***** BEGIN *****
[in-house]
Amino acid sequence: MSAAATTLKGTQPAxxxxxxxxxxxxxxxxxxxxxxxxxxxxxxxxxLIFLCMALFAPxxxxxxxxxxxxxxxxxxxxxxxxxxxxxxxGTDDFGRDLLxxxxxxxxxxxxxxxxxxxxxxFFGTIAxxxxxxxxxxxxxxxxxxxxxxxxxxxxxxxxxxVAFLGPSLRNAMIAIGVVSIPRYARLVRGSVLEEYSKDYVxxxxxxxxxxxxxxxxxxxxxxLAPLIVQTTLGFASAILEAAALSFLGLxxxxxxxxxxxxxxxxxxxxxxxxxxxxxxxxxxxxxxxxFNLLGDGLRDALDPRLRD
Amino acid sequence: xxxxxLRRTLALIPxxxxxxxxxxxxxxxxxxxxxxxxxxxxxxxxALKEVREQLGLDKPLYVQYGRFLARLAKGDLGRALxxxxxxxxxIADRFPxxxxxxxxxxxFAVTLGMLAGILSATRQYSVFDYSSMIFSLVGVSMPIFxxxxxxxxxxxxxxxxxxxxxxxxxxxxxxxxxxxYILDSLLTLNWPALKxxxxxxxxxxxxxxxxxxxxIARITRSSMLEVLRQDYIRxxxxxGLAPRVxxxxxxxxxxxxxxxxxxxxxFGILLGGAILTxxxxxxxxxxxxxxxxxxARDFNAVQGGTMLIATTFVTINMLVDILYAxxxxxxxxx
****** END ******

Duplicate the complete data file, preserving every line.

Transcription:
[in-house]
Amino acid sequence: MSAAATTLKGTQPAxxxxxxxxxxxxxxxxxxxxxxxxxxxxxxxxxLIFLCMALFAPxxxxxxxxxxxxxxxxxxxxxxxxxxxxxxxGTDDFGRDLLxxxxxxxxxxxxxxxxxxxxxxFFGTIAxxxxxxxxxxxxxxxxxxxxxxxxxxxxxxxxxxVAFLGPSLRNAMIAIGVVSIPRYARLVRGSVLEEYSKDYVxxxxxxxxxxxxxxxxxxxxxxLAPLIVQTTLGFASAILEAAALSFLGLxxxxxxxxxxxxxxxxxxxxxxxxxxxxxxxxxxxxxxxxFNLLGDGLRDALDPRLRD
Amino acid sequence: xxxxxLRRTLALIPxxxxxxxxxxxxxxxxxxxxxxxxxxxxxxxxALKEVREQLGLDKPLYVQYGRFLARLAKGDLGRALxxxxxxxxxIADRFPxxxxxxxxxxxFAVTLGMLAGILSATRQYSVFDYSSMIFSLVGVSMPIFxxxxxxxxxxxxxxxxxxxxxxxxxxxxxxxxxxxYILDSLLTLNWPALKxxxxxxxxxxxxxxxxxxxxIARITRSSMLEVLRQDYIRxxxxxGLAPRVxxxxxxxxxxxxxxxxxxxxxFGILLGGAILTxxxxxxxxxxxxxxxxxxARDFNAVQGGTMLIATTFVTINMLVDILYAxxxxxxxxx